Between times, the children also sometimes commented on the front cover of the book, which provides gentle review of key historical events by the small illustrations included on on it.  Between these, discussion, and the story itself, each of us became well-versed in the life and times of George Washington.

Indeed, we all enjoyed learning about George Washington and the time period in which he lived through this living history book! And, I do mean “we”. For, even I learned some new facts as we read together as a family.

I had not realized before that George Washington had been a key figure in beginning the French and Indian War. Nor did I realize that our first president had no biological children. Further, I found it interesting that, after serving as president, George Washington returned to a military post for a short period.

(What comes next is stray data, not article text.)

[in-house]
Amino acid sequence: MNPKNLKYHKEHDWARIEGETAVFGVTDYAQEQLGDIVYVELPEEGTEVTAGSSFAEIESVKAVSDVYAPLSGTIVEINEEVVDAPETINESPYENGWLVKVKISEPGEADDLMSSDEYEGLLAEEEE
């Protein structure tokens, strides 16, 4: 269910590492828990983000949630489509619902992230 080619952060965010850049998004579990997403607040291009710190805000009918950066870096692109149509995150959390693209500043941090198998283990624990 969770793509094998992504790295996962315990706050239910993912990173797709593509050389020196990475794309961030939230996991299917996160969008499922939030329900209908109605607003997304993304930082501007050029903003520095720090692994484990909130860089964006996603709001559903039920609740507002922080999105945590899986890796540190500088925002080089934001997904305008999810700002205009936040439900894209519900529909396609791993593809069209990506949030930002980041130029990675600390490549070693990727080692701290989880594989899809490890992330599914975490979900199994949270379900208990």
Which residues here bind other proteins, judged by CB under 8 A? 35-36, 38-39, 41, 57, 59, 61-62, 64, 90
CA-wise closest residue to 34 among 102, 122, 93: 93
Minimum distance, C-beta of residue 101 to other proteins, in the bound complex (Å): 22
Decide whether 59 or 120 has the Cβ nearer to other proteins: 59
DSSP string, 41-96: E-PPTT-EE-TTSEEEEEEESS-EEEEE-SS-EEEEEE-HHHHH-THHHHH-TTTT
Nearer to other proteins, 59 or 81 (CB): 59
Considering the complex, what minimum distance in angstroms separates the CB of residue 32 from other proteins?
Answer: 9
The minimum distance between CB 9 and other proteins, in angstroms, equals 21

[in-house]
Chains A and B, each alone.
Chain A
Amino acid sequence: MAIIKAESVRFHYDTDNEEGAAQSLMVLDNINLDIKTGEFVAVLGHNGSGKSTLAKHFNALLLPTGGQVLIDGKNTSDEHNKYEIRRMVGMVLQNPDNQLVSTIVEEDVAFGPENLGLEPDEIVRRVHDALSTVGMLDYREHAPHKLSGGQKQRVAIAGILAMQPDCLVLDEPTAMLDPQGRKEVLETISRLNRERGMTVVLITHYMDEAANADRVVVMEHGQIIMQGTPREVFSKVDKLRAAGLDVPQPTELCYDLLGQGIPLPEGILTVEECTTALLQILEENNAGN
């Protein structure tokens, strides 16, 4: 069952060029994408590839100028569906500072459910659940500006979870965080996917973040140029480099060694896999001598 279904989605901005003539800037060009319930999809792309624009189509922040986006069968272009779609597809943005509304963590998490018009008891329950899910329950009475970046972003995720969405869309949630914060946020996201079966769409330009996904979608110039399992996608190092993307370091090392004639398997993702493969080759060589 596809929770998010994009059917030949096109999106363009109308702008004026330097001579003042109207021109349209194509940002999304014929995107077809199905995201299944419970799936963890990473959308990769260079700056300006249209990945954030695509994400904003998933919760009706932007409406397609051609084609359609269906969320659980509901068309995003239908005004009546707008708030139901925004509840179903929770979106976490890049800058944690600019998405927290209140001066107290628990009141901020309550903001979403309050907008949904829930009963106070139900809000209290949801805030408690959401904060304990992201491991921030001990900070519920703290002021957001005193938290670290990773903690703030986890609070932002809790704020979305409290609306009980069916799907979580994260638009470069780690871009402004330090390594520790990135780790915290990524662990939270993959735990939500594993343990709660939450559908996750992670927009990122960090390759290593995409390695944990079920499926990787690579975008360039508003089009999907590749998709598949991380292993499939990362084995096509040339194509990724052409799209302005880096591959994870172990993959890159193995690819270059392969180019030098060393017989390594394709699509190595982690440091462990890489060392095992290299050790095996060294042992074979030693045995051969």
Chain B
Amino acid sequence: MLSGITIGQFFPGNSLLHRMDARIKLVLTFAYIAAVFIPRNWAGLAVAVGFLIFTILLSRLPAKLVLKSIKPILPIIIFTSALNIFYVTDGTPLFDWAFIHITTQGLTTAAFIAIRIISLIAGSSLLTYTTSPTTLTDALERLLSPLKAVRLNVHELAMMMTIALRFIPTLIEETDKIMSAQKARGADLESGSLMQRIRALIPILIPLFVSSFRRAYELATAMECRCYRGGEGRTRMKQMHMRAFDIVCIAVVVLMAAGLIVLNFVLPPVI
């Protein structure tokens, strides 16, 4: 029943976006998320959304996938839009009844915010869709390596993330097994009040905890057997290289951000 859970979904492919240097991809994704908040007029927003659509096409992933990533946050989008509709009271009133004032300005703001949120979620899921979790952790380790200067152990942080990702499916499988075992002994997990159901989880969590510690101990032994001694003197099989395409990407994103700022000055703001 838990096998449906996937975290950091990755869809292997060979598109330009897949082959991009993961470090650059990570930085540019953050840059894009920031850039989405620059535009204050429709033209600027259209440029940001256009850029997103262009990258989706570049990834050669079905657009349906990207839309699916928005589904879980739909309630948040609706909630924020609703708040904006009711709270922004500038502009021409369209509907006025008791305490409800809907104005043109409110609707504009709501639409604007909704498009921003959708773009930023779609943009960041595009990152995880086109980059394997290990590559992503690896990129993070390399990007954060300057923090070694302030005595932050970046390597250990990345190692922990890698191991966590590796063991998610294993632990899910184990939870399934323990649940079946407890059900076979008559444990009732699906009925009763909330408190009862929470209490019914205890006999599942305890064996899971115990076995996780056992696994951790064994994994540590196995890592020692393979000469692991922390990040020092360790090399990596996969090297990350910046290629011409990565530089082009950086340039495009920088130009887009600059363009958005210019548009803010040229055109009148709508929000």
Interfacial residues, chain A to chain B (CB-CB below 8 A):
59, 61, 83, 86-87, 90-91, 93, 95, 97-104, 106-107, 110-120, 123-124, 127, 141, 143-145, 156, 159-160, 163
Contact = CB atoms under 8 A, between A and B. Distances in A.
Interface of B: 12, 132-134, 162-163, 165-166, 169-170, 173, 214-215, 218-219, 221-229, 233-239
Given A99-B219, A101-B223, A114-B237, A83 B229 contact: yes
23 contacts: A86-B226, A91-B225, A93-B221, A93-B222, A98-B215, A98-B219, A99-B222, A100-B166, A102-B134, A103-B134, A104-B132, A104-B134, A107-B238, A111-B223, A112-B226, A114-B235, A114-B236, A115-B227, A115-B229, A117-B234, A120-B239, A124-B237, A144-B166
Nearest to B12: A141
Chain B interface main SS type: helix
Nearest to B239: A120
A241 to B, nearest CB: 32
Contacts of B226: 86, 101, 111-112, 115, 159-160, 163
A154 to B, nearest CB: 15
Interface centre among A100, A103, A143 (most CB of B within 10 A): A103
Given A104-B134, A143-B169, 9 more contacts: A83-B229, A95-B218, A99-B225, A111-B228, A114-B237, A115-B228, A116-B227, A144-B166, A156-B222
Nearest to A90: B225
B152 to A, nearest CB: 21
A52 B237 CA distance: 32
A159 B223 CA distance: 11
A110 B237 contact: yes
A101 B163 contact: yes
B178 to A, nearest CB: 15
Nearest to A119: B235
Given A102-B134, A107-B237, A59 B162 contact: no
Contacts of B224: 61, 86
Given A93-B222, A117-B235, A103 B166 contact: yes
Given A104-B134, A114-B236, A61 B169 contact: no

Indeed, each person in our family discovered new things as the story of George Washington's life and times unfolded for us and, often, even if we were busy and I only intended to read one chapter, we read more than one at a time, because I wanted to know what happened next as much as my children did.

Of course, not all of the history of George Washington's lice and era was new to my children and I, but the way
Heroes in History authors Janet and Geoff Benge put it all together, just made everything come alive for us in fresh ways.  Truly, their writing style was accessible and interesting,taking the book from being "just another non-fiction book" about our first president to being an engaging living history book that all three of my children and I would recommend.